S.Reid (Glasgow)

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Transcript S.Reid (Glasgow)

Probing the atomic structure of mirror coatings
using transmission electron microscopy
Stuart Reid, Riccardo Bassiri1 , Konstantin B. Borisenko2 , David J. H.
Cockayne2 , Keith Evans1, James Hough1, Ian MacLaren1, Iain Martin1,
Sheila Rowan1
SUPA, University of Glasgow, 2 Department of Materials, University of Oxford
GWADW, Kyoto, Japan – May 2010
Coating development critical for the future
1st generation
Strain [Hz
2nd generation
3rd generation
Frequency [Hz]
Coating thermal
• The test mass mirror coatings are estimated to be a significant source of
thermal noise in future ground-based GW detectors
• Thermal noise is proportional to the mechanical loss
(internal friction) of the material
GEO600 test-mass
• Considerable research is being conducted into understanding the material
properties of these coatings (see previous and following talks)
– The focus here is on the atomic structure and how this affects the
material properties - and in particular the mechanical loss
What is causing the mechanical loss on
an atomic level?
Transmission electron microscopy
• Useful for probing atomic structure and chemistry
Direct beam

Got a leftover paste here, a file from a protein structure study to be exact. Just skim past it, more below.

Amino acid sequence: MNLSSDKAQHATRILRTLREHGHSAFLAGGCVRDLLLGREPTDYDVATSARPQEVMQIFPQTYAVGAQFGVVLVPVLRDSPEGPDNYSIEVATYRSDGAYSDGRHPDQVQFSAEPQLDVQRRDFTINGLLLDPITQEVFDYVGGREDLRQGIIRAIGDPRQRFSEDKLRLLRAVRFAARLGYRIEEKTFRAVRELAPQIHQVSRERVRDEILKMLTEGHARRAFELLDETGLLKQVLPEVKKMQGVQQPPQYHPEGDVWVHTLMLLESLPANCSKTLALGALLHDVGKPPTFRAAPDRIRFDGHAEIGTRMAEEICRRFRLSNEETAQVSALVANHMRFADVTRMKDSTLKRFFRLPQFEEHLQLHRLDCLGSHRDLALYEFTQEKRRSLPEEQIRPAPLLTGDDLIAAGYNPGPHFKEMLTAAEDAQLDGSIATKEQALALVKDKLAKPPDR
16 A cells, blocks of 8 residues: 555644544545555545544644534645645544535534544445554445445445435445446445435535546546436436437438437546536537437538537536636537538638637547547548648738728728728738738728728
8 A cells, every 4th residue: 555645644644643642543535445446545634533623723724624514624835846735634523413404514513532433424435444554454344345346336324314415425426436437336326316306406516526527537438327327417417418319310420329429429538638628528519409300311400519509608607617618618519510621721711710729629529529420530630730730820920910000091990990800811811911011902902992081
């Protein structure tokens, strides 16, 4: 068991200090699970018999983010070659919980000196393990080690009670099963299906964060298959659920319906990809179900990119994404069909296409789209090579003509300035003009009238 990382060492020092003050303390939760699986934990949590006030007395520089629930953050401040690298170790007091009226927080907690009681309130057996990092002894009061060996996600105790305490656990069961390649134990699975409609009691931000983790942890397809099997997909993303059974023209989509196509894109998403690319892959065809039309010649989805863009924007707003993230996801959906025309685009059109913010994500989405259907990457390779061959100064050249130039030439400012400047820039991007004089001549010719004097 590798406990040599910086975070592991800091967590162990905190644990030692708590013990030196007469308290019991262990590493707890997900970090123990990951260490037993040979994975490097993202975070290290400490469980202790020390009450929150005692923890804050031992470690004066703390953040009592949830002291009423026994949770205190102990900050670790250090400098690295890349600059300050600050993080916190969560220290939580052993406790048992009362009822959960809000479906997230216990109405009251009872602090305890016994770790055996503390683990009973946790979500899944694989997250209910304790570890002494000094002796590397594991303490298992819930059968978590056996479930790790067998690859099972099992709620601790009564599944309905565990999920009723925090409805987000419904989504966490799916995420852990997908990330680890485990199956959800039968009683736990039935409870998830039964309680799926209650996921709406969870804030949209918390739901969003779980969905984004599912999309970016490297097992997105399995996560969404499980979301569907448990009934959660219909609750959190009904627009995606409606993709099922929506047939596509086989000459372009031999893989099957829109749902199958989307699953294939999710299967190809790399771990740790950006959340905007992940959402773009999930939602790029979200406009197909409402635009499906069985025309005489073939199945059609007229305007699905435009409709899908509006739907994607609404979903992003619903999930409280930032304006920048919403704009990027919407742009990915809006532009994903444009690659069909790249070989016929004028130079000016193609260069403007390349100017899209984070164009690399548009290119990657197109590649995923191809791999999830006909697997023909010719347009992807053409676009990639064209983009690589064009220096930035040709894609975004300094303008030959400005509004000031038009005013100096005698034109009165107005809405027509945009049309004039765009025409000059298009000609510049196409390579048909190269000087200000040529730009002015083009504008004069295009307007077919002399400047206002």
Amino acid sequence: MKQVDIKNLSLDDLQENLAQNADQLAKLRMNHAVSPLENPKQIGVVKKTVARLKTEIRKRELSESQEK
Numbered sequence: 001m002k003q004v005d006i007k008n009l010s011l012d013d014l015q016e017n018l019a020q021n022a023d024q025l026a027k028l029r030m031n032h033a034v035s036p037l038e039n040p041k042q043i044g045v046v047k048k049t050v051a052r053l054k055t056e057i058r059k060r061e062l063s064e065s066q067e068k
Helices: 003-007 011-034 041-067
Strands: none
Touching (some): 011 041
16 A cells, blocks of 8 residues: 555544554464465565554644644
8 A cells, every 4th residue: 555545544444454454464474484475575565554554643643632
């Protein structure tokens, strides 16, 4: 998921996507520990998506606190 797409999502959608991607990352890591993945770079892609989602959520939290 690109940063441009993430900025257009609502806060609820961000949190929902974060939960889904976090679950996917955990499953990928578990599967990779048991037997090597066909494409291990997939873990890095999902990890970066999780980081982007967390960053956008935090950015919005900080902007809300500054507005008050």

Transmission Electron Microscope
Tecnai T-20
Interactions of electron beam
with sample
• Allows us to characterise atomic structure
– Imaging
– Diffraction
– Spectroscopy
Transmission electron microscopy
Initial interesting results:
Image of multilayer coating,
(bright- silica, dark - tantala)
(from Ta2O5 samples heat-treated at a range of temperatures)
Amorphous diffraction pattern
of 300oC tantala
Crystalline diffraction pattern
of 800oC tantala
• Compare TEM results to mechanical loss
• The 800oC sample has high loss peak at 8090K probably due to crystallisation
• To probe the properties of the amorphous
samples we need Reduced Radial Density
Mechanical loss measurements for heat treated tantala (see previous talk by Matt Abernathy
Reduced radial density functions
Silica and tantala are amorphous materials
– They do not have long range order
– They do have short range order
We can probe this short range order with reduced density functions
– RDFs give a statistical representation of where atoms sit with regards to a central
Tantala diffraction pattern
Intensity profile
Reduced density function
• The reduced density function is a Fourier transform of the information
gained from the intensity profile [D. J. H. Cockayne, Annu.Rev.Mater.Res, 37:159-87, (2007)]
Reduced density functions
• Three Ta2O5 coatings were measured
– Each one was heat-treated at a different temperature (300, 400 & 600oC)
RDFs of heat-treated Ta2O5
– RDFs show differences in local atomic structure as heat treatment temperature rises
– From comparison to the structure of crystalline Ta2O5 we can deduce that the first peak
arises from Ta - O bonds and second peak from Ta - Ta bonds
– Both first and second peaks become more defined and difference in heights between
them decrease as heat treatment temperature rises implying that:
– Material is becoming more ordered
– There is an increase in Ta - Ta bonding
Modelling the atomic structure
– If we accurately interpret the RDF
– What do the peaks mean?
– What bond types correspond to each peak?
We can then:
– Investigate the atomic structure
Reduced density function
– Average distances between atoms